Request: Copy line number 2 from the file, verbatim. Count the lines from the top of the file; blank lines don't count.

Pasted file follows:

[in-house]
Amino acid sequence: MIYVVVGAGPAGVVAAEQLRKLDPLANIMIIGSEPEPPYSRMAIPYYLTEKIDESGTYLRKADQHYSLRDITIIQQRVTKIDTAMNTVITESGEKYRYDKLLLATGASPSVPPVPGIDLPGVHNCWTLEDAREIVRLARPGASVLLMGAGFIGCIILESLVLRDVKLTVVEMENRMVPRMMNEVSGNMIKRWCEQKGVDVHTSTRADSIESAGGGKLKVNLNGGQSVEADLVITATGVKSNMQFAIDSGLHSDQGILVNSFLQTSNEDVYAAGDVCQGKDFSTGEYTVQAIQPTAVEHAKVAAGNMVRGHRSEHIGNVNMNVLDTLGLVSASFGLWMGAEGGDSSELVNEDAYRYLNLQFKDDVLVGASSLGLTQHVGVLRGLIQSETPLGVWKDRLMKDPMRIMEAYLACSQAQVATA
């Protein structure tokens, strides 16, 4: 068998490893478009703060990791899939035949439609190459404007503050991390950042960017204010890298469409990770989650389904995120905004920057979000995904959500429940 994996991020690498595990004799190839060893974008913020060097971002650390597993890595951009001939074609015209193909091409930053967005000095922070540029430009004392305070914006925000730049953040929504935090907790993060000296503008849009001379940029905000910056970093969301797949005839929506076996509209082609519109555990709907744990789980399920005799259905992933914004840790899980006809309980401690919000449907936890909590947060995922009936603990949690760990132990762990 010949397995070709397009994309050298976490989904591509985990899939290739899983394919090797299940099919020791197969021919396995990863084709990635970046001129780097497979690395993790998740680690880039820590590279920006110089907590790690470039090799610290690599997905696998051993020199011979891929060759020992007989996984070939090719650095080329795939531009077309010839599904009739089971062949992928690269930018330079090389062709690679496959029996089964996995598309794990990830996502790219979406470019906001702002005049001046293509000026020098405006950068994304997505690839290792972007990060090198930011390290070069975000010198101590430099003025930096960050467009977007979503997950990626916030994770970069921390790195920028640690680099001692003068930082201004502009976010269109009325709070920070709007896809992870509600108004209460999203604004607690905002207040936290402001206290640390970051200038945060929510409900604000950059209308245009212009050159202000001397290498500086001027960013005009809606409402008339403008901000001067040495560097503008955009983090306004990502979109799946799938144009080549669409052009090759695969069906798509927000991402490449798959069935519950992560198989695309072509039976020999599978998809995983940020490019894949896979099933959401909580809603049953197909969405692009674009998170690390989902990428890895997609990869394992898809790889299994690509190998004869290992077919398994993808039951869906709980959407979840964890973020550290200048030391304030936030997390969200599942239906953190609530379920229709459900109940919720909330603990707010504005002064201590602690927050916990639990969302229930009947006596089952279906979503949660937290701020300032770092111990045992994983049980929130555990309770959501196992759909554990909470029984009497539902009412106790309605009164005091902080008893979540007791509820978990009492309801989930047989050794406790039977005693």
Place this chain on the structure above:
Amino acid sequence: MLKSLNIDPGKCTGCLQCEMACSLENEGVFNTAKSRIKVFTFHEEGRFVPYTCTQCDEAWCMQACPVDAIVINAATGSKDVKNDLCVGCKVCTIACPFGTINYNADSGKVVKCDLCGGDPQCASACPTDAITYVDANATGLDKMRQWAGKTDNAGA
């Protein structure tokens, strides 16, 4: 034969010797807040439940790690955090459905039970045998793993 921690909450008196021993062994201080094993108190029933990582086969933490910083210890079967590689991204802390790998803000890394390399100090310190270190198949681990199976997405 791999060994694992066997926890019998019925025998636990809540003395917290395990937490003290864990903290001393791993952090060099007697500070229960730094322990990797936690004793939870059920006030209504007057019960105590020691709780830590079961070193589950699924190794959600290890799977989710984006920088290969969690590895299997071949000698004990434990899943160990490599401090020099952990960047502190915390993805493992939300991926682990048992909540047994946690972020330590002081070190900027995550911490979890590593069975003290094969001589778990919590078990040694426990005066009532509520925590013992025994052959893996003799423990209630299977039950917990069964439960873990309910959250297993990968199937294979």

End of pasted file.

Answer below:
Amino acid sequence: MIYVVVGAGPAGVVAAEQLRKLDPLANIMIIGSEPEPPYSRMAIPYYLTEKIDESGTYLRKADQHYSLRDITIIQQRVTKIDTAMNTVITESGEKYRYDKLLLATGASPSVPPVPGIDLPGVHNCWTLEDAREIVRLARPGASVLLMGAGFIGCIILESLVLRDVKLTVVEMENRMVPRMMNEVSGNMIKRWCEQKGVDVHTSTRADSIESAGGGKLKVNLNGGQSVEADLVITATGVKSNMQFAIDSGLHSDQGILVNSFLQTSNEDVYAAGDVCQGKDFSTGEYTVQAIQPTAVEHAKVAAGNMVRGHRSEHIGNVNMNVLDTLGLVSASFGLWMGAEGGDSSELVNEDAYRYLNLQFKDDVLVGASSLGLTQHVGVLRGLIQSETPLGVWKDRLMKDPMRIMEAYLACSQAQVATA